Minimum Wage And All That Jazz

The push has been on for months now for the minimum wage to be raised to $15 per hour. The result has been polarized views on whether that much of an increase in the minimum wage is prudent or fiscally responsible.

When did minimum wage come into existence?

In the United States, the Fair Labor Standards Act was introduced in September of 1938 and set a uniform national minimum wage for all non-farm, non-supervisory workers. The Act banned child labor, set the minimum hourly at twenty-five cents per hour, and created the forty-hour work week (with the maximum number of hours an employer could make an employee work being forty-four hours).

Did everyone get paid at least a minimum wage?

When the Act was passed, it only applied to twenty percent of the labor force.  The other eighty percent weren’t affected.

Was this the first Act of its kind?

No. In 1933, President Roosevelt and his advisors crafted the National Industrial Recovery Act as the world entered the fourth year of the Great Depression. Employers signed over 2.3 million agreements that affected 16.3 million American workers.

This Act established work week hours between 35 and 40 hours with a minimum wage of between $12 and $15 per hour (which translates into between thirty-four and thirty-seven cents per hour). Employers also agreed not to hire anyone under 16 years of age.

The signatory businesses were identified as blue eagle employers, and the government urged Americans to be patriotic and to buy only from blue eagle businesses.

What else did the Roosevelt government do?

Before the Fair Labor Standards Act was signed, in 1933, the Roosevelt government created four million public works jobs through the Civil Works Administration. It was a short-lived program that cost $200 million USD per month to run, which didn’t sit well with American voters.

But what about the Civilian Conservation Corps?

This employment program was primarily geared for teens and young adults aged 16 to 25 years of age, and ran from 1933 through to 1942. Strange as it may seem, minimum wage didn’t apply to the Civilian Conversation Corps with workers being paid $30 per month ($25 of which was sent home to support their families) and included room and board.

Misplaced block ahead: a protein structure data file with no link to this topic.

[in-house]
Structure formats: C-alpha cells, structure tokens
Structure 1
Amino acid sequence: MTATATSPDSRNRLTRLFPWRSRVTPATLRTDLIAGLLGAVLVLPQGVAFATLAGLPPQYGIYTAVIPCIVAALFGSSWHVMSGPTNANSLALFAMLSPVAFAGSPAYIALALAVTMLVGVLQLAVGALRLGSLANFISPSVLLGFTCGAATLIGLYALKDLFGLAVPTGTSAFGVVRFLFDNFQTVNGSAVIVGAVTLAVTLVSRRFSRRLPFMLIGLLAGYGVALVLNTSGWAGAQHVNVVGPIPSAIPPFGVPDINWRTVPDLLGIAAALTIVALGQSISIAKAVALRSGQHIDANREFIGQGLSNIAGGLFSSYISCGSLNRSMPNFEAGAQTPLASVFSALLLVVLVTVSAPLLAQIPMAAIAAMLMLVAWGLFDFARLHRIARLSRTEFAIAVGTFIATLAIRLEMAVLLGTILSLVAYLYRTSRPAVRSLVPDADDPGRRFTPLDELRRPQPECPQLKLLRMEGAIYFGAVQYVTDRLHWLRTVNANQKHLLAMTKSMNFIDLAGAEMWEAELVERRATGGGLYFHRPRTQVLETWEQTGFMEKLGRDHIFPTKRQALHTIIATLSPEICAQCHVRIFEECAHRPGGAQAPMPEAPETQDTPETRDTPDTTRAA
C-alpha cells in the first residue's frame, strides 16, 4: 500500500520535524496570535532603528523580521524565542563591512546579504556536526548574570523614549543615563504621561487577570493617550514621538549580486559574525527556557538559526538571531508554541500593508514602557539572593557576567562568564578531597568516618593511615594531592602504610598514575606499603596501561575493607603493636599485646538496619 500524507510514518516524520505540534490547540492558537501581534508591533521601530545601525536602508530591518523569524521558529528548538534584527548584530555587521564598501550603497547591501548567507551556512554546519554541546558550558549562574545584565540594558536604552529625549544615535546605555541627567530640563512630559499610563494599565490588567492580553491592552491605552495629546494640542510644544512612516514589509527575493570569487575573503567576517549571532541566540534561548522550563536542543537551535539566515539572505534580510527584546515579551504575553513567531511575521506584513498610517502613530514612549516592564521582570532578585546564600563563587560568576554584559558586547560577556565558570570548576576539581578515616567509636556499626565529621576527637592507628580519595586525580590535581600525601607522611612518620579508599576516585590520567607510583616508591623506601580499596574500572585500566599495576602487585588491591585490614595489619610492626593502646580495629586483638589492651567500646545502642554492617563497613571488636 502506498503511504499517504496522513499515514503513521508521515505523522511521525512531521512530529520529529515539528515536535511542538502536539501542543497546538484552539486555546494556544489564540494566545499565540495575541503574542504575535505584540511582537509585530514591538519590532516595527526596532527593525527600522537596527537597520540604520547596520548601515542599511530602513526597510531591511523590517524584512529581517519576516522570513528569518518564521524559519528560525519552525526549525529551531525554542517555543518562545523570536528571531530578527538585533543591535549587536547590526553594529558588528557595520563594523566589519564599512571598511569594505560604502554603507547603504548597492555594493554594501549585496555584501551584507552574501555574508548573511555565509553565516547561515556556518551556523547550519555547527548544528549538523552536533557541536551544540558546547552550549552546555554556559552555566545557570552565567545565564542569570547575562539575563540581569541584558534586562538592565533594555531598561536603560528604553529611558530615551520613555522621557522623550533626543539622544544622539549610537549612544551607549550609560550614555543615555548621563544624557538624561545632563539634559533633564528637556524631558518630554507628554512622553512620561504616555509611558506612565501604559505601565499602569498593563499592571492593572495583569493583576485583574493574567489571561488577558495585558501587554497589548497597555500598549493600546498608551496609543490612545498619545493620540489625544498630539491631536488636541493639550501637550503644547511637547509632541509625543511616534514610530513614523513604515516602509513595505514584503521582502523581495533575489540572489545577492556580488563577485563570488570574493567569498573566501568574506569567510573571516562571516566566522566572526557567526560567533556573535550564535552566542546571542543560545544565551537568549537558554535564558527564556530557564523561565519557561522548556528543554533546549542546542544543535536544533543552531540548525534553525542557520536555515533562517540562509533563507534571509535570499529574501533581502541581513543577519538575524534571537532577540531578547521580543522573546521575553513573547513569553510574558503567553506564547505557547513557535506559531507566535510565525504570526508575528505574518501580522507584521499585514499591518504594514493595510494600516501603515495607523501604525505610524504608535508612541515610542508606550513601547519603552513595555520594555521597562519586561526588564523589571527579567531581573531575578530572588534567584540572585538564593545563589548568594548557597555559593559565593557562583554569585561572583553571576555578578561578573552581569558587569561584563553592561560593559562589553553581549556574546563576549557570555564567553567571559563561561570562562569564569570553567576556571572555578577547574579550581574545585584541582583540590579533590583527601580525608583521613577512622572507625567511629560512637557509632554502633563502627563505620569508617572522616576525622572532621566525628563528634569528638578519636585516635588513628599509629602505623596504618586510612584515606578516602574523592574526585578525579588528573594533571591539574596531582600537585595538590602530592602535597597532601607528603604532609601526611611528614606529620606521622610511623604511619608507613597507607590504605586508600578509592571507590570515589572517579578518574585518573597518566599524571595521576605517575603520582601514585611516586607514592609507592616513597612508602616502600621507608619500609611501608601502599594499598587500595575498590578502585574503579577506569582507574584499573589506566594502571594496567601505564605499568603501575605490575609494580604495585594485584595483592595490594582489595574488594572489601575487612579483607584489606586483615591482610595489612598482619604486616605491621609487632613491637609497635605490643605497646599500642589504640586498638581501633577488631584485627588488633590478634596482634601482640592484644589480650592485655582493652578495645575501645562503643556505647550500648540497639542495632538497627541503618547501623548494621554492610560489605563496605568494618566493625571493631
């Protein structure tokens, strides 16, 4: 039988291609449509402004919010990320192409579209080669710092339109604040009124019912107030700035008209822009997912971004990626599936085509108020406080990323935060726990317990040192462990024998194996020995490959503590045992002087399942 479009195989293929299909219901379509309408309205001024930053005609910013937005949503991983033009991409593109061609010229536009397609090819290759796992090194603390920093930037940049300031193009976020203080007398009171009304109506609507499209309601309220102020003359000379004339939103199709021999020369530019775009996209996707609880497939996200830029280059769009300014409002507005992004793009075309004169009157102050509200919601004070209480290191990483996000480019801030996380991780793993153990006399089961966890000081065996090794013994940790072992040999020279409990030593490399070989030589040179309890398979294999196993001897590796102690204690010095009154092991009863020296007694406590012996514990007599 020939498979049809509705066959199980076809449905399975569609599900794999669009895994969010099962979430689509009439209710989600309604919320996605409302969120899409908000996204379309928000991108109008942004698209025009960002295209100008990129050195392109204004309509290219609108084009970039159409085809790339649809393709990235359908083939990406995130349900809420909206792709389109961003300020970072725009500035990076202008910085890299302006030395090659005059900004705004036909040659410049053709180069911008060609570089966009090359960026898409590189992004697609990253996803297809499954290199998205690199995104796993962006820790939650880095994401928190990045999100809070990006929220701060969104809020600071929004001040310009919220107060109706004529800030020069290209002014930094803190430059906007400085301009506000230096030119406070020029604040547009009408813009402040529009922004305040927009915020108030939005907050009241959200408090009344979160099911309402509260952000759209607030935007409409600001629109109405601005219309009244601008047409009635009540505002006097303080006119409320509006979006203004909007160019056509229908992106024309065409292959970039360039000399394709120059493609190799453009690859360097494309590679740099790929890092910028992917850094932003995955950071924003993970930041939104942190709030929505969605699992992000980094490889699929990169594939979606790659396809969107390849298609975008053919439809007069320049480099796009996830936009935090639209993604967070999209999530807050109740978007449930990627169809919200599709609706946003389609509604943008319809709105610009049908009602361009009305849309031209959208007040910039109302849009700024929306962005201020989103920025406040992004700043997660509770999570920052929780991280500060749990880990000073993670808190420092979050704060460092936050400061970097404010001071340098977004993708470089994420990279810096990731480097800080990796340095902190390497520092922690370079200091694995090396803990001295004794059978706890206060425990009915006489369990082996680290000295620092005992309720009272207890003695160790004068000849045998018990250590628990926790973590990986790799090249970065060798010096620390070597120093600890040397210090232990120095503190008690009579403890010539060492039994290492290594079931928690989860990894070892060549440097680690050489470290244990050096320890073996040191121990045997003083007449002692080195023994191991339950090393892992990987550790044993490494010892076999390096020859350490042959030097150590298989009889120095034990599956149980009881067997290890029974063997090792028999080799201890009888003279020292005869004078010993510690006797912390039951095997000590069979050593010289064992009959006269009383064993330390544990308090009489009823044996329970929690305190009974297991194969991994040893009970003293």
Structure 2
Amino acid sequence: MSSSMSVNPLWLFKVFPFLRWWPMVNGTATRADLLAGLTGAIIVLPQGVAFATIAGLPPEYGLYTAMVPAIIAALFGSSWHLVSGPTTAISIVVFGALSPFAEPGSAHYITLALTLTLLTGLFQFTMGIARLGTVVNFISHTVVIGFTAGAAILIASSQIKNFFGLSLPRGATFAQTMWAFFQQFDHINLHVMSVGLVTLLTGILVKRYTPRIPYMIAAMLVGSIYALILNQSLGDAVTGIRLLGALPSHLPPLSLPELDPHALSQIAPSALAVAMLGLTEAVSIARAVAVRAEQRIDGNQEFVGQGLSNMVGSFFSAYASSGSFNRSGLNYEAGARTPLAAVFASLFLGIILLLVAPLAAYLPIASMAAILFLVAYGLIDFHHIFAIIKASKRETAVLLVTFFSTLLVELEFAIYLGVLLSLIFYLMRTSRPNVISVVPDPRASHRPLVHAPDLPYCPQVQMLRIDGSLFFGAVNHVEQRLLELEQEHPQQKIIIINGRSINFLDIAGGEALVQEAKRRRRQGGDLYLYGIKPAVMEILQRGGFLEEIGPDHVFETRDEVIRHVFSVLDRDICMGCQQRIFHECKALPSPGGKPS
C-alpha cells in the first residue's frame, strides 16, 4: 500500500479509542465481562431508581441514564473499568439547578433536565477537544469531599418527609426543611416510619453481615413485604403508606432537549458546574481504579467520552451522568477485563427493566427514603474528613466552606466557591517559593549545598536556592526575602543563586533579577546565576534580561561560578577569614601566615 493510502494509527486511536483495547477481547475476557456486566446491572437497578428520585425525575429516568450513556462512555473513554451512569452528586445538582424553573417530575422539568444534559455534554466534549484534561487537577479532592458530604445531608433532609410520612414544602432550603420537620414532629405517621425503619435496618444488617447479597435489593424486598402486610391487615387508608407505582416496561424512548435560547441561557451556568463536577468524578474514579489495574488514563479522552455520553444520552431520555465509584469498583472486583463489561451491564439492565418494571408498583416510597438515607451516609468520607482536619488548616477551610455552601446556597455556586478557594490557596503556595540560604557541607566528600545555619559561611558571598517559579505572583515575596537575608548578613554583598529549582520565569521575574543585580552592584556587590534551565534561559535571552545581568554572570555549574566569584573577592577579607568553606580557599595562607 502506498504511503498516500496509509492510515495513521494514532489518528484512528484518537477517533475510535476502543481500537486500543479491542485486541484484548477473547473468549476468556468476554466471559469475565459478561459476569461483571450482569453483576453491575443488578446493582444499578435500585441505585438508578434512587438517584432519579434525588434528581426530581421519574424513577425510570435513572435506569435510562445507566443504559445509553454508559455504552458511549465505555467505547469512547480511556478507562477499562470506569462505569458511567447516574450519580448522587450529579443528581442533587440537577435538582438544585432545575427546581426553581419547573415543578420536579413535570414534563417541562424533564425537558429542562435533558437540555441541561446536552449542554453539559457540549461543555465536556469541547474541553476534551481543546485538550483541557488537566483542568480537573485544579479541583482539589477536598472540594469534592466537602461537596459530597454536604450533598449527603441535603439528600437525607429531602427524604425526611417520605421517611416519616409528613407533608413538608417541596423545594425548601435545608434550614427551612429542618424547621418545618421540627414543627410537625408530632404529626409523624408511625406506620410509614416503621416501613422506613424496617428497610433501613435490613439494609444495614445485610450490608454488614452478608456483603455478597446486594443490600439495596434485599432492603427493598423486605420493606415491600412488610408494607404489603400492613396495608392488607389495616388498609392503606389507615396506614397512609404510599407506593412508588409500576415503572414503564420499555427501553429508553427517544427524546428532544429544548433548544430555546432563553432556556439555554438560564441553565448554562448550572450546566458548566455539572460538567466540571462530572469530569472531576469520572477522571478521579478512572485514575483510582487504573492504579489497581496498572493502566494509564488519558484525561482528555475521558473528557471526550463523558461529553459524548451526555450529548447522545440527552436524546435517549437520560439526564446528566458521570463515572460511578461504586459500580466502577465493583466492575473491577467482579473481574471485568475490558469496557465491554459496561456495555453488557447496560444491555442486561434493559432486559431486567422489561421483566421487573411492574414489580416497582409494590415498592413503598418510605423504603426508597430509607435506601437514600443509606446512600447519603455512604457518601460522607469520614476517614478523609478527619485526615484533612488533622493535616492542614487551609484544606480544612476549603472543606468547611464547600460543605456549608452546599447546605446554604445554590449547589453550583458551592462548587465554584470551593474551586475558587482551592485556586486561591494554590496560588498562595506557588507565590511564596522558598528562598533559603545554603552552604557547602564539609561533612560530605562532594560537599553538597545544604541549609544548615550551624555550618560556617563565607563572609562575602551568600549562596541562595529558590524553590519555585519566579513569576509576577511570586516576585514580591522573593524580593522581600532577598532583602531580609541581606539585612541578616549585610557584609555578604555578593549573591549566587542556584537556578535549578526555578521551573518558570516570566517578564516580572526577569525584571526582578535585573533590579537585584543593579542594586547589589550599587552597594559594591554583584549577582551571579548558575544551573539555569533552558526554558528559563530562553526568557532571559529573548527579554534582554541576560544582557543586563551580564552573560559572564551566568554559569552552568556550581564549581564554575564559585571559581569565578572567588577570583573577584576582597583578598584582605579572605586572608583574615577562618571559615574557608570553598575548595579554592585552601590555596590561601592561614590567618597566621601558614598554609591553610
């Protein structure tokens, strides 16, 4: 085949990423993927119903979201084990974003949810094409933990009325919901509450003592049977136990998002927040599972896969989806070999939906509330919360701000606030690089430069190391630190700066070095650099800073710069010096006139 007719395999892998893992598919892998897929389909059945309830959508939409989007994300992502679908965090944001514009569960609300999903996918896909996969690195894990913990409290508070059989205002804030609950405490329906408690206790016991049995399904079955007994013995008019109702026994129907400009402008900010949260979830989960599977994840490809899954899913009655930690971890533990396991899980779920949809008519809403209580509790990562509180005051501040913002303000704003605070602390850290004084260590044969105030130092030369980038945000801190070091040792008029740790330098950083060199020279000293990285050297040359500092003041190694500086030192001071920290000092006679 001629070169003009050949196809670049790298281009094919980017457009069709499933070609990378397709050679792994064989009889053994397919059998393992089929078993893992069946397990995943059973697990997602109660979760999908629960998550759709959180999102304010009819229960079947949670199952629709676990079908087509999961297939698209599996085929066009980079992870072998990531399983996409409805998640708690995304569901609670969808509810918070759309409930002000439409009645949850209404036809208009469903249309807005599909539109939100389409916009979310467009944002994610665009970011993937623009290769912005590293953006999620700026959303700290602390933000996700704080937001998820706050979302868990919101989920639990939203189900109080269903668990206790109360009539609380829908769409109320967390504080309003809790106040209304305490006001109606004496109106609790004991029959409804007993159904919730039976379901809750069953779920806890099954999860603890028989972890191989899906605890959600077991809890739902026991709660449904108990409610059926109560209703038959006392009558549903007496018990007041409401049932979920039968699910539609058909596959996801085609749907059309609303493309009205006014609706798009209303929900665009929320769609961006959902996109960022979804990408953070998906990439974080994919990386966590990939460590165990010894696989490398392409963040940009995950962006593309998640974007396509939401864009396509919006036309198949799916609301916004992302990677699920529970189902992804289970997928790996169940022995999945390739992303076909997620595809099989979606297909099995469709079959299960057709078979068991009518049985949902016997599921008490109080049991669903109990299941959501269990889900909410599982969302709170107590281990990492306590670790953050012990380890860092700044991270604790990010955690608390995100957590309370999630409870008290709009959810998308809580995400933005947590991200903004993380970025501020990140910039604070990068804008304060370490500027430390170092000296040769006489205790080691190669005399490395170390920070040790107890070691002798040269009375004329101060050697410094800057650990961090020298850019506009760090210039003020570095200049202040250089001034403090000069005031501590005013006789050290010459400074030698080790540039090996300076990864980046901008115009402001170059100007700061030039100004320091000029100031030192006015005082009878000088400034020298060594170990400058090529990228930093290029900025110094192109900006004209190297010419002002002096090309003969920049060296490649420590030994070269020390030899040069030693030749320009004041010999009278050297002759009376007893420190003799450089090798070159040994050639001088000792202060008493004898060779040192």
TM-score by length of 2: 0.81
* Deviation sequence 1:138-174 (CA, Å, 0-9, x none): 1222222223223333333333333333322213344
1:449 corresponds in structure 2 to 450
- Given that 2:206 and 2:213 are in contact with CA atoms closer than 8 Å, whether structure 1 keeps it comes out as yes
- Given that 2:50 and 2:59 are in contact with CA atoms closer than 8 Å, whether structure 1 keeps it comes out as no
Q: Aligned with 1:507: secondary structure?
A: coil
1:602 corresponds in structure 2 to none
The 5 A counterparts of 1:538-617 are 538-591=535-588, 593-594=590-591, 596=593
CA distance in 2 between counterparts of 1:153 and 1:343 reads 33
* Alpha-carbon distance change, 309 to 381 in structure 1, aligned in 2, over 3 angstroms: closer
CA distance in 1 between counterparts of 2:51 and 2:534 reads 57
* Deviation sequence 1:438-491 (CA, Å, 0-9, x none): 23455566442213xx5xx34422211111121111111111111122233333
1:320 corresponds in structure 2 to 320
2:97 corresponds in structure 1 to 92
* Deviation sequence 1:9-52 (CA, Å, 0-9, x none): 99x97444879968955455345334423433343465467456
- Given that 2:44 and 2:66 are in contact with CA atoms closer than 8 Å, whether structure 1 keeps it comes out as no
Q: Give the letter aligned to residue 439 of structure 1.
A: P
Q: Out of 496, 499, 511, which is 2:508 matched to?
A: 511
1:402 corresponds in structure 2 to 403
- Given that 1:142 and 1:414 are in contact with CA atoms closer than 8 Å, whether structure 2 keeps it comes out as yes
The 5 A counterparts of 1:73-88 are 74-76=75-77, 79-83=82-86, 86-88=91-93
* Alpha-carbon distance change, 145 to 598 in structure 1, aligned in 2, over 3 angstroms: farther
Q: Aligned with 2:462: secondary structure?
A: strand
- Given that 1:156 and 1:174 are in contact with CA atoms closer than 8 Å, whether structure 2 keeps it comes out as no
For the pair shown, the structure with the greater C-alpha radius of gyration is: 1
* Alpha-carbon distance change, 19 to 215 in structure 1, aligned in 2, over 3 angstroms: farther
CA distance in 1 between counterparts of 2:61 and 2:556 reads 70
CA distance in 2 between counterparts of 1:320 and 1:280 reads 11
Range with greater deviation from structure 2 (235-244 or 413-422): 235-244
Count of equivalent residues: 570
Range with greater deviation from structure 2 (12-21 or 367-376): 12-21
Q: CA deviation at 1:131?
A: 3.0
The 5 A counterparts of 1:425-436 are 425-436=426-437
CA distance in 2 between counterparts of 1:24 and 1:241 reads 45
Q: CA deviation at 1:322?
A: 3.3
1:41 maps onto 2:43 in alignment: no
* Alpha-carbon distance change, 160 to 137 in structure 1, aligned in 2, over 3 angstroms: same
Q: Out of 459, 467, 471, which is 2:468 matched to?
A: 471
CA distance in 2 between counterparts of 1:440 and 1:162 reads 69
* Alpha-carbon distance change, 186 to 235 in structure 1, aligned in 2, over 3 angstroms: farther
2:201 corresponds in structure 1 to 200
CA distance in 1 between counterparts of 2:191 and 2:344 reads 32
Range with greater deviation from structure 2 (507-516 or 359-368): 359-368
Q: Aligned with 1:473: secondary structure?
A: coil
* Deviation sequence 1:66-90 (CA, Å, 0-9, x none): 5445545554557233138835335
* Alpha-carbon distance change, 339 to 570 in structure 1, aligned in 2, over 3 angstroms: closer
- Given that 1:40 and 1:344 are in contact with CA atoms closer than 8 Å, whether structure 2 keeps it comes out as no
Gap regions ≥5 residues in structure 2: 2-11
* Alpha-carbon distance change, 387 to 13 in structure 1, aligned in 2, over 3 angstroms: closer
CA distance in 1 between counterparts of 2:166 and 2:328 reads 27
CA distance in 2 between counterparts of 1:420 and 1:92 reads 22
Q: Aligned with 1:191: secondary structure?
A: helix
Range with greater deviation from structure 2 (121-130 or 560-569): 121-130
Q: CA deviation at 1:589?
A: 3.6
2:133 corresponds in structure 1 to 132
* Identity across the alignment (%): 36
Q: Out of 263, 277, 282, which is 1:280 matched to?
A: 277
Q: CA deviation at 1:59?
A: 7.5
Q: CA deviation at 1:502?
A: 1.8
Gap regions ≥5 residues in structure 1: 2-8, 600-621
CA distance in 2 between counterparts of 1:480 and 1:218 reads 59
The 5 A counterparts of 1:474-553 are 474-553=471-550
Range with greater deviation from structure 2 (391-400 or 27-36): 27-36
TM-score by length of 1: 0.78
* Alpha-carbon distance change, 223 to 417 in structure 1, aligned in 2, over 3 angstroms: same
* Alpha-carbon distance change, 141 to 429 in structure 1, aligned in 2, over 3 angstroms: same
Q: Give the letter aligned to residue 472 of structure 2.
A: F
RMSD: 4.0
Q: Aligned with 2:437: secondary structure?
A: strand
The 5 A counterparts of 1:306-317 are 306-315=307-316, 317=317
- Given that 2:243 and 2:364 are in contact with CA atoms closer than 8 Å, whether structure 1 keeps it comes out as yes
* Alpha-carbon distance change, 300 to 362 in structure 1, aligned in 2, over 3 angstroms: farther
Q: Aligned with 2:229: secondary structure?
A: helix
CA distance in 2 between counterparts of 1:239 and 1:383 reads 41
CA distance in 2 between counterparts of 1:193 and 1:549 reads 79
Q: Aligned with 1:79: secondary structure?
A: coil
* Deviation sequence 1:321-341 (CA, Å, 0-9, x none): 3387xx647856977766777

Would it be fair to say that minimum wage rates have always been a volatile discussion?

It might not be fair to say that, but it would be an accurate thing to say.

Does the minimum wage need to be increased?

The answer to that question isn’t one that can be easily answered. The federal minimum wage in 1975 was $2.00 per hour. In 2015 dollars, that translates to $9.00 per hour.

However, the current federal minimum wage in 2015 is currently $7.25 per hour with medical coverage, and $8.25 per hour without medical coverage.

Which States are paying $9.00 per hour or more as a minimum wage?

Those would be California, Connecticut, D.C., Massachusetts, Minnesota, Oregon, Rhode Island, Vermont, and Washington. In other words, the States mentioned have kept up with what the equivalent to $2.00 per hour in 1975 would be forty years later in 2015.

Those States scheduled to raise minimum wage to at least $9.00 per hour in upcoming months are Alaska, Hawaii, Maryland, Michigan, Nebraska, and New York.

If $2.00 per hour in 1975 is the equivalent of $9.00 per hour in 2015 dollars, how much is the $0.25 per hour from 1938 equal to in 2015 dollars?

Believe it or not, if the only figure taken into account was inflation, that $0.25 per hour that came into being back when Roosevelt was President of the United States of America would only be worth about $4.00 per hour in today’s terms.

How does 1938 minimum wage compare to 2015 minimum wage?

Back in 1938, $0.25 per hour meant 40-hour per week workers grossed slightly more than $650 USD per month. According to the U.S. government, in 2015, workers are netting an average of $1,150 USD per month.

Are minimum wage earners living below the poverty level?

According to the U.S. Department of Health and Human Services, a single person earning less than $11,770 is living below the poverty level. Those who are earning $7.25 (which includes health benefits) are bringing in $1,189 per month (plus health benefits) which puts them at above the poverty level.

Is it reasonable to demand companies to take a page from Gravity CEO, Dan Price when it comes to minimum wage?

Next Tuesday, I’ll share the story of the Seattle-based company CEO and his misadventure in corporate philanthropy directed at his employees. You may not like what you read so be prepared for some hard truths.

Elyse Bruce


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